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Stop the madness: Don't shop on Thanksgiving

Unemployment is high, national debt is mounting and the government appears utterly incapable of doing anything productive. The Middle East is roiled, Europe is teetering on the brink of financial collapse, and China is beefing up its military. But the real threat to America may be this: Toys "R" Us is opening at 9 p.m. on Thanksgiving. Walmart stores will open at 10 (two hours earlier than last year), and Target, Macy's, Kohls, Best Buy and others will open at midnight. Is nothing sacred?

The concept of Black Friday is bad enough. The promise of a few, super-limited-time offers prompt people to stand in line outside of big box stores well before dawn on the day after Thanksgiving for a frenzy of consumerism, in which the quest for a deal trumps reason, need and even desire. (Did you need or want three microwaves? No, but it was a heck of a deal.) Occasionally, the tradition has even turned dangerous. In one well-publicized incident, a Long Island Walmart worker was trampled to death in a Black Friday stampede in 2008.

But at least Black Friday follows the natural order of the universe, which is that the Christmas season begins after Thanksgiving — not before, and certainly not during. Trees should not go up, tinsel should not be strung, giant inflatable lawn Santas should not balloon until at least the Friday after the fourth Thursday in November. If the Wampanoag Indians did not make this clear to the settlers at Plymouth Plantation in 1621, it is surely because they assumed that it went without saying.

But in an age of turducken, the mixing of holidays in unnatural combinations is a sad fact of life. The Christmas tree was delivered to Baltimore's City Hall on Friday — a full week before decorum should allow — and Santa is already taking orders at the Inner Harbor. And just as restless Republicans keep pushing their presidential primaries earlier and earlier (before long, we may get that on Thanksgiving, too), the nation's major retailers have entered an arms race for first-in-the-nation status that obliterates the separation of the two biggest pillars of the holiday season.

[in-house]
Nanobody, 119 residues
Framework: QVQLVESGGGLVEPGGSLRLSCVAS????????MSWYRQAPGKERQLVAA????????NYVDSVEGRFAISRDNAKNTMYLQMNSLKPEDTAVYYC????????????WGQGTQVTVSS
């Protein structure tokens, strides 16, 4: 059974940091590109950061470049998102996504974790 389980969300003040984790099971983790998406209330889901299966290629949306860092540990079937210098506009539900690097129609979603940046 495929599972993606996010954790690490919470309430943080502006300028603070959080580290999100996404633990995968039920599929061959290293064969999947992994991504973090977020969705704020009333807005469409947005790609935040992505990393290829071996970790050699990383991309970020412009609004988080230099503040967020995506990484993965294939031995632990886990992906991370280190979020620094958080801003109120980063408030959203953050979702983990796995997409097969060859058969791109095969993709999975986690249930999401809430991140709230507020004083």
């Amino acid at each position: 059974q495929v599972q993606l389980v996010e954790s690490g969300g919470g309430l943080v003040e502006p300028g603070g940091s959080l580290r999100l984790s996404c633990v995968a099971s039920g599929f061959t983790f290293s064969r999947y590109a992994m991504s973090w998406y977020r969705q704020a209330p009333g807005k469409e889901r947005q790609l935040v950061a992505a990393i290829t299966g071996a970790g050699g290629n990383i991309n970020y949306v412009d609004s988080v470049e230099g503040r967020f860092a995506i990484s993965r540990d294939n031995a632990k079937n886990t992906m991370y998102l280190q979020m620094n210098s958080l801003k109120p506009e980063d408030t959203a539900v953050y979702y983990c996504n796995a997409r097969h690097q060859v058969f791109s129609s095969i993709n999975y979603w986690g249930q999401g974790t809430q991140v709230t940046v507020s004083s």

Unfortunately, the workers for those stores become collateral damage in the holiday sales war. More and more of them will be forced to drop the drumstick, change into a fresh pair of khakis and head to work. The intrusion prompted several petitions on the website to protest the holiday hours, including one started by Target employee Anthony Hardwick of Omaha, Neb., that has more than 190,000 signatures. It says, "A midnight opening robs the hourly and in-store salary workers of time off with their families on Thanksgiving Day. By opening the doors at midnight, Target is requiring team members to be in the store by 11 p.m. on Thanksgiving Day. A full holiday with family is not just for the elite of this nation — all Americans should be able to break bread with loved ones and get a good night's rest on Thanksgiving!"

It's hard to disagree with that. At the same time, the retailers themselves are not fully to blame. These are tough times, and the competition for sales is fierce. Stores are opening earlier and earlier because consumers have so far shown a willingness to show up, stand in line and buy the merchandise. The stores may be forcing their employees to come in on Thanksgiving day, but no one is forcing Americans to shop then. If consumers don't come, the stores won't open so early next year.

America faces plenty of big problems these days, but here's one that's easy to solve. All you have to do this Thursday is to eat yourself into a stupor. Take a nap, play some cards. Maybe even talk to your relatives. When evening rolls around, if the thought of frenzied bargain hunters queuing up outside of Toys "R" Us to get $100 off a FurReal Friends Butterscotch Pony is making you antsy, turn on the Ravens game and make yourself a turkey sandwich. The tryptophan should calm you down in no time. Get a good night's sleep and shop to your heart's content on Friday. It's the American way.

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